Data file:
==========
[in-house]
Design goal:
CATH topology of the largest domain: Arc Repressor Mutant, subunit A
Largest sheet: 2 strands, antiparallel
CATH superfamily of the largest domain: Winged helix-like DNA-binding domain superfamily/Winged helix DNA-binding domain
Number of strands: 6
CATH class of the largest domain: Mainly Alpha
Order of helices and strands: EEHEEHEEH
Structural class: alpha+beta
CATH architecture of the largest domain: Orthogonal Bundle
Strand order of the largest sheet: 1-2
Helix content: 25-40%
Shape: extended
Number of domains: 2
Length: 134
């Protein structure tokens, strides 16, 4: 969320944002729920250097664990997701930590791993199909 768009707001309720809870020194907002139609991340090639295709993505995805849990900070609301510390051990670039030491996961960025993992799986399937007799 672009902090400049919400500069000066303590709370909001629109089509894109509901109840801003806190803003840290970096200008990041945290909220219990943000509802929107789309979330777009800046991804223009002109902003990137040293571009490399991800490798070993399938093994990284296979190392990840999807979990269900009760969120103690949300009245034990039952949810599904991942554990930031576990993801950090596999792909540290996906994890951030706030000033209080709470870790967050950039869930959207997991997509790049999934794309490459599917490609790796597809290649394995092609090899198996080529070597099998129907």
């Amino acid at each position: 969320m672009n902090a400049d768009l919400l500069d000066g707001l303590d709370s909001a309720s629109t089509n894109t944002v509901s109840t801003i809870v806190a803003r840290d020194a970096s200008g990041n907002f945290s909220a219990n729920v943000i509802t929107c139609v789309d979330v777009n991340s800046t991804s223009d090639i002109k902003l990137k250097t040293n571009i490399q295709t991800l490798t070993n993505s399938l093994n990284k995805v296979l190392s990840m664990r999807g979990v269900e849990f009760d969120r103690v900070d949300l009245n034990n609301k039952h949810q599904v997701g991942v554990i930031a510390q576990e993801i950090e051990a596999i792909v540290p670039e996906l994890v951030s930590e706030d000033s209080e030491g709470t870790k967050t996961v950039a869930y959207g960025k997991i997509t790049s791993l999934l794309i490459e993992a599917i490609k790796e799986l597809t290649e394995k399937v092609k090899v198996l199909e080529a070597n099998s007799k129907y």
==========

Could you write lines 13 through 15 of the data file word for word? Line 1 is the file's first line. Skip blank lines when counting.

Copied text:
Shape: extended
Number of domains: 2
Length: 134